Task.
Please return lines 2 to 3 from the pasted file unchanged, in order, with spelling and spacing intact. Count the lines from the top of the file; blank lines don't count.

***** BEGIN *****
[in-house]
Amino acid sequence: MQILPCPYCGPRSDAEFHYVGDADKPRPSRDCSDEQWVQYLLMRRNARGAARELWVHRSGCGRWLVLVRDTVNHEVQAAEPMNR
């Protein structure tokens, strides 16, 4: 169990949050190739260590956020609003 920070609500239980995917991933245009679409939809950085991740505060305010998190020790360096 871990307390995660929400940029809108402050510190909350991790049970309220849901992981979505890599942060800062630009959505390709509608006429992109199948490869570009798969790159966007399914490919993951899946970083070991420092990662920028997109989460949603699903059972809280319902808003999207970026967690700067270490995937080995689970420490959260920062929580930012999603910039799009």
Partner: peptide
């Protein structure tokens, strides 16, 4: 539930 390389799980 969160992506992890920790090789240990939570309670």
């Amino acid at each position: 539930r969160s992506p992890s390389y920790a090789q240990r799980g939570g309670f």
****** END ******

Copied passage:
Amino acid sequence: MQILPCPYCGPRSDAEFHYVGDADKPRPSRDCSDEQWVQYLLMRRNARGAARELWVHRSGCGRWLVLVRDTVNHEVQAAEPMNR
């Protein structure tokens, strides 16, 4: 169990949050190739260590956020609003 920070609500239980995917991933245009679409939809950085991740505060305010998190020790360096 871990307390995660929400940029809108402050510190909350991790049970309220849901992981979505890599942060800062630009959505390709509608006429992109199948490869570009798969790159966007399914490919993951899946970083070991420092990662920028997109989460949603699903059972809280319902808003999207970026967690700067270490995937080995689970420490959260920062929580930012999603910039799009």